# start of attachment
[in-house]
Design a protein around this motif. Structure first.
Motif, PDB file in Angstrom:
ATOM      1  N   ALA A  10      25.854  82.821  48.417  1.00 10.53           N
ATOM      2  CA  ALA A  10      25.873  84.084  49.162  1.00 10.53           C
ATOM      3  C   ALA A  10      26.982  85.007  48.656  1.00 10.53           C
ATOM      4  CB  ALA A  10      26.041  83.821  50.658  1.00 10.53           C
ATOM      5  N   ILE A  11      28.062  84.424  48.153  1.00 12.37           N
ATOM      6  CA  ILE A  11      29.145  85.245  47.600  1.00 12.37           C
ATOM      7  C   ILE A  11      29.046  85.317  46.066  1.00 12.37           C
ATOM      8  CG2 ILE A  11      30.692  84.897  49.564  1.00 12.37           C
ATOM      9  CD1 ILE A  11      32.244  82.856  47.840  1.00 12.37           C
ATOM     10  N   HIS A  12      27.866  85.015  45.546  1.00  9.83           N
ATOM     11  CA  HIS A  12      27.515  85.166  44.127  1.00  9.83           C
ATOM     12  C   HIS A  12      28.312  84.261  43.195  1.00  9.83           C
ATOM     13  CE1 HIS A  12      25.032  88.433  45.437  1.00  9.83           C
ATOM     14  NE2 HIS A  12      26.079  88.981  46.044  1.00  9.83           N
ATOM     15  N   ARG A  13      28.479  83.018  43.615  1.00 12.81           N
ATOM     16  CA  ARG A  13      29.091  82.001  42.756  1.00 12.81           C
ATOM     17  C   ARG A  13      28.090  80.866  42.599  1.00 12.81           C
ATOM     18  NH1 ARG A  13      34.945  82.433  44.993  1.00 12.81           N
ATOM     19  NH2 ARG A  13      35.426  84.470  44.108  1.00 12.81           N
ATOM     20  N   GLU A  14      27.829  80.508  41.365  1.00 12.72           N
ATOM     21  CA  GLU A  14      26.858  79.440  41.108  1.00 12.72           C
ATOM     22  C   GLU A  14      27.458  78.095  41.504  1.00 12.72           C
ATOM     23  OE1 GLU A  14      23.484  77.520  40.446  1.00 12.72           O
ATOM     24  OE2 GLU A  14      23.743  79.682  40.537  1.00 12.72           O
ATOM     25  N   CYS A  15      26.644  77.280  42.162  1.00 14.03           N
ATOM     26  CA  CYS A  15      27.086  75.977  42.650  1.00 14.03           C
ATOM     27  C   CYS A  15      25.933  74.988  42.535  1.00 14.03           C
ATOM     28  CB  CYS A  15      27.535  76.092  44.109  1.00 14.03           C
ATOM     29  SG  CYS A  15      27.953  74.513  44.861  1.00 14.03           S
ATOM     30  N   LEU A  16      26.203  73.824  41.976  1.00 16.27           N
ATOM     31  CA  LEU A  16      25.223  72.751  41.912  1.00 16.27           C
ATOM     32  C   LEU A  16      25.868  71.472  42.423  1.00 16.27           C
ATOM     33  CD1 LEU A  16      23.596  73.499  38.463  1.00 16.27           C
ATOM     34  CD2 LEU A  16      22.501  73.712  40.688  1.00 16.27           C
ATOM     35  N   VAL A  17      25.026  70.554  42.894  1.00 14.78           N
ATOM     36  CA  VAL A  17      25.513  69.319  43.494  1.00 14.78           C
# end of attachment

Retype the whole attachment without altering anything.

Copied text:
[in-house]
Design a protein around this motif. Structure first.
Motif, PDB file in Angstrom:
ATOM      1  N   ALA A  10      25.854  82.821  48.417  1.00 10.53           N
ATOM      2  CA  ALA A  10      25.873  84.084  49.162  1.00 10.53           C
ATOM      3  C   ALA A  10      26.982  85.007  48.656  1.00 10.53           C
ATOM      4  CB  ALA A  10      26.041  83.821  50.658  1.00 10.53           C
ATOM      5  N   ILE A  11      28.062  84.424  48.153  1.00 12.37           N
ATOM      6  CA  ILE A  11      29.145  85.245  47.600  1.00 12.37           C
ATOM      7  C   ILE A  11      29.046  85.317  46.066  1.00 12.37           C
ATOM      8  CG2 ILE A  11      30.692  84.897  49.564  1.00 12.37           C
ATOM      9  CD1 ILE A  11      32.244  82.856  47.840  1.00 12.37           C
ATOM     10  N   HIS A  12      27.866  85.015  45.546  1.00  9.83           N
ATOM     11  CA  HIS A  12      27.515  85.166  44.127  1.00  9.83           C
ATOM     12  C   HIS A  12      28.312  84.261  43.195  1.00  9.83           C
ATOM     13  CE1 HIS A  12      25.032  88.433  45.437  1.00  9.83           C
ATOM     14  NE2 HIS A  12      26.079  88.981  46.044  1.00  9.83           N
ATOM     15  N   ARG A  13      28.479  83.018  43.615  1.00 12.81           N
ATOM     16  CA  ARG A  13      29.091  82.001  42.756  1.00 12.81           C
ATOM     17  C   ARG A  13      28.090  80.866  42.599  1.00 12.81           C
ATOM     18  NH1 ARG A  13      34.945  82.433  44.993  1.00 12.81           N
ATOM     19  NH2 ARG A  13      35.426  84.470  44.108  1.00 12.81           N
ATOM     20  N   GLU A  14      27.829  80.508  41.365  1.00 12.72           N
ATOM     21  CA  GLU A  14      26.858  79.440  41.108  1.00 12.72           C
ATOM     22  C   GLU A  14      27.458  78.095  41.504  1.00 12.72           C
ATOM     23  OE1 GLU A  14      23.484  77.520  40.446  1.00 12.72           O
ATOM     24  OE2 GLU A  14      23.743  79.682  40.537  1.00 12.72           O
ATOM     25  N   CYS A  15      26.644  77.280  42.162  1.00 14.03           N
ATOM     26  CA  CYS A  15      27.086  75.977  42.650  1.00 14.03           C
ATOM     27  C   CYS A  15      25.933  74.988  42.535  1.00 14.03           C
ATOM     28  CB  CYS A  15      27.535  76.092  44.109  1.00 14.03           C
ATOM     29  SG  CYS A  15      27.953  74.513  44.861  1.00 14.03           S
ATOM     30  N   LEU A  16      26.203  73.824  41.976  1.00 16.27           N
ATOM     31  CA  LEU A  16      25.223  72.751  41.912  1.00 16.27           C
ATOM     32  C   LEU A  16      25.868  71.472  42.423  1.00 16.27           C
ATOM     33  CD1 LEU A  16      23.596  73.499  38.463  1.00 16.27           C
ATOM     34  CD2 LEU A  16      22.501  73.712  40.688  1.00 16.27           C
ATOM     35  N   VAL A  17      25.026  70.554  42.894  1.00 14.78           N
ATOM     36  CA  VAL A  17      25.513  69.319  43.494  1.00 14.78           C